They are perfect for rockeries, containers, and part of a mixed border, but don’t be fooled – they don’t like a lot of drought, so don’t let them dry out completely.

Nigella ‘Love-In-A-Mist’

Nigella, also known as love-in-a-mist, produces some of the most unusual and elaborate flowers in shades of blue, pink, white, and purple, against the perfect backdrop of lacy leaves.

Even the seed pods look beautiful, almost as if they come from an alien planet, and these look perfect in dried bouquets.

As long as you start them off in spring, they will start flowering in the first few weeks of summer, and look perfect at the front of borders, also helping to suppress weeds with their low-growing habit.


One plant that grows quickly and is readily available is the petunia. There are so many colors to choose from that you’ll nearly find these flowers in every shade you can imagine – and some you can’t.

Some are grown for their unusual color, while others are cultivated for their perfume. They are happy in beds, containers, rockeries, and as bedding plants, so you really can’t go wrong with petunias.

Give them somewhere with at least some sunlight, and soil that drains well, and you will see a wealth of color.

Phlox drummondii ‘Annual Phlox’

Just because a plant is an annual and only grows for a specific season, does not mean that it is not tough. 

Annual phlox is a very resilient plant, loving dry spells and hot weather, and attracts crowds of butterflies into your garden.

They look perfect in pots as well as in mixed borders, enjoying a lot of sunlight. They do like a good drink during particularly dry weather, and if you keep cutting off fading blooms, you will extend the flowering window.

Annual phlox plants produce flowers in summer and into fall, for as long as the weather allows.

Tropaeolum majus ‘Nasturtium’

Often grown as an annual, nasturtium is a gorgeous perennial plant that looks good in the ground, or in raised beds where it serves as a great companion plant for crops.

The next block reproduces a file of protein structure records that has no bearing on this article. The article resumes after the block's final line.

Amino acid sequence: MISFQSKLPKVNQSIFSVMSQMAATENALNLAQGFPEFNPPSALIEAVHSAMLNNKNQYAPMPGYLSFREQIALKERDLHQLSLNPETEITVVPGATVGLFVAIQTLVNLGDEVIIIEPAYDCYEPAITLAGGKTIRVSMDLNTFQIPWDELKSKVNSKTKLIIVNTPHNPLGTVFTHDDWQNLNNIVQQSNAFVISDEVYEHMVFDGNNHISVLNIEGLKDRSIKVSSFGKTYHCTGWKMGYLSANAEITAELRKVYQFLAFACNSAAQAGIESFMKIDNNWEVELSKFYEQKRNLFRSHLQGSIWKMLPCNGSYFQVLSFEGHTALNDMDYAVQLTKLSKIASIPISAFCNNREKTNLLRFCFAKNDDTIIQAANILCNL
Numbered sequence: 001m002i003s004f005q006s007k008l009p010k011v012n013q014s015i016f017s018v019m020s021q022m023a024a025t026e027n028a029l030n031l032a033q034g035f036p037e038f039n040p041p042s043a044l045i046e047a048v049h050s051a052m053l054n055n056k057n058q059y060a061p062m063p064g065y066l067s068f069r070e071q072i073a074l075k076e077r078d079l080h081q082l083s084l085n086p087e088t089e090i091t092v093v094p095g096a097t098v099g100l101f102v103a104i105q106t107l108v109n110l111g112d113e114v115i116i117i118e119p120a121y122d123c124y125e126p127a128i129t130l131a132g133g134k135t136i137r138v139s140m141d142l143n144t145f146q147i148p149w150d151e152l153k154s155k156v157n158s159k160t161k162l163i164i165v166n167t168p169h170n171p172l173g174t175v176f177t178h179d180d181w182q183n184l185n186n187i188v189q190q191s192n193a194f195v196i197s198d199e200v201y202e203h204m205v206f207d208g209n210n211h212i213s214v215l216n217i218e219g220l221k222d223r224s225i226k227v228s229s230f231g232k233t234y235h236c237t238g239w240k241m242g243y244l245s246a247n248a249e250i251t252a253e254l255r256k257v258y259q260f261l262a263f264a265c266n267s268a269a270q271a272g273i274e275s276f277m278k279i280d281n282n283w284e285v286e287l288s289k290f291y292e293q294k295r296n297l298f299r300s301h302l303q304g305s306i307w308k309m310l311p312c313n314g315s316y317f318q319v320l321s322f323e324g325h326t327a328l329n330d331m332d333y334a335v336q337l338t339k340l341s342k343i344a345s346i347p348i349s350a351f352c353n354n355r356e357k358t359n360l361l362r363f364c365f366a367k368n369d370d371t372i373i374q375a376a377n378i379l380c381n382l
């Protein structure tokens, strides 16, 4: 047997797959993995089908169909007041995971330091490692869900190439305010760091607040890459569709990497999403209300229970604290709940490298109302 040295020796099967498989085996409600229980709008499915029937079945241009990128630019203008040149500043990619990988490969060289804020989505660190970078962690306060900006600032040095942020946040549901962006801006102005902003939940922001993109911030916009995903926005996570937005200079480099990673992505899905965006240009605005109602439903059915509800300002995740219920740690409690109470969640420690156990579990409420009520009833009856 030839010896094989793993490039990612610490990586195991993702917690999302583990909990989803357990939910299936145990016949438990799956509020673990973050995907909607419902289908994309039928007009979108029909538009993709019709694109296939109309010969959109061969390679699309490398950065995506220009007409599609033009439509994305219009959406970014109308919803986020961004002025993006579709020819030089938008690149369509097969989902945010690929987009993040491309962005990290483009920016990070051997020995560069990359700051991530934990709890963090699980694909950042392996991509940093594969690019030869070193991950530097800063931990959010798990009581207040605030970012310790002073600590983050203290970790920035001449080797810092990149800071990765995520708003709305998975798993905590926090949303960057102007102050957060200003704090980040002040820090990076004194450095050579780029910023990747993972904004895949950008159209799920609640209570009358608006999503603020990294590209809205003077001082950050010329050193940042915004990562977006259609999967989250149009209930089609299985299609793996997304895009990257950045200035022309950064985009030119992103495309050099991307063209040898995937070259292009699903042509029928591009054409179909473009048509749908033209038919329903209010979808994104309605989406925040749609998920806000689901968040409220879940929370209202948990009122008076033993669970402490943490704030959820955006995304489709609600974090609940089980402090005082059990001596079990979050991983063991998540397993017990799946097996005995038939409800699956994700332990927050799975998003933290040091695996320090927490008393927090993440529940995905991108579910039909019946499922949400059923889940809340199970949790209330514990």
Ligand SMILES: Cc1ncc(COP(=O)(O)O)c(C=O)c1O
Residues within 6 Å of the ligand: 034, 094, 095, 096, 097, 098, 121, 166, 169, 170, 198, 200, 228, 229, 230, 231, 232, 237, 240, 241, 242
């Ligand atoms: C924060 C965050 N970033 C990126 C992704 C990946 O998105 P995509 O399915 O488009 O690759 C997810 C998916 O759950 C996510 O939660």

They grow quickly, sometimes as fast as a week after sowing them. They are available in a range of colors, including red, yellow, orange, and peach. 

It also helps that you can eat these blooms and the leaves in salads, too, as long as you don’t use any pesticides on the plant! 

You can get varieties with different growth habits. Tropaeolum majus is a climber, for example, perfect for training up climbing bean supports alongside your crops or as ground cover, while Tropaeolum minus come in bushy or dwarf types.

You can also use them in pots, too. As companion plants, they attract caterpillars and blackfly to the leaves, which stops them from eating brassicas and beans. It also helps that bees love these flowers, too.

Because they are so easy to grow from seed, they are readily available and very inexpensive if you start them from scratch. They love soil with very good drainage, and they prefer poor soils to nutrient-rich, loamy soil.

Violas ‘Johnny-jump-ups’

Violets are very beautiful, dainty-looking flowers that don’t look like they would survive much. But appearances can and will fool you in nature. Violets are tough little plants, able to withstand frosts and will pop up anywhere given half a chance to self-seed.

They are known to grow in gravel near pots they were originally planted in, and can even withstand some weedkiller. Give them plenty of light, and soil with good drainage, and you’ll see them popping up in no time.

It also helps that these flowers come in a range of colors, and are absolutely adored by bees.


Like many annuals, zinnias sprout quickly, and provide plenty of color into your garden. There are many colors and forms to choose from, but one thing that they all absolutely adore is as much sunlight as you can give them.

They also need well-draining soil in order to truly thrive. Depending on the type you go for, zinnias can range from nearly a foot tall to 4 feet high. They also need the occasional watering, though they don’t mind soil on the dry side.

Zinnias make perfect cut flowers for any vase with their vivid colors, and also attract plenty of beneficial insects into your garden, too. 

These flowers will absolutely thrive in USDA zones 3 through to 10.

What Flowers Grow The Quickest?

When it comes to growing flowers fast, you should consider the climate in your garden, and what plants will absolutely thrive in the conditions you have.

The good news is that there are many annual plants that grow quickly, and these are perfect in any climate during the summer months. Sunflowers, zinnias, and even cosmos will thrive in summer in colder areas, as this season mimics their natural conditions.

For other times of the year, daffodils and tulips are also an option, as well as winter-flowering clematis and crocuses. 

It’s worth noting that even on the fastest growing flowers, there is still a little bit of a waiting game. 

This is especially true of sweet peas, which often need to be started off in the early spring before they will flower in summer.

However, if you mix different plants that flower for different seasons and plant carefully, there is no reason why your garden should be bare at any time of the year.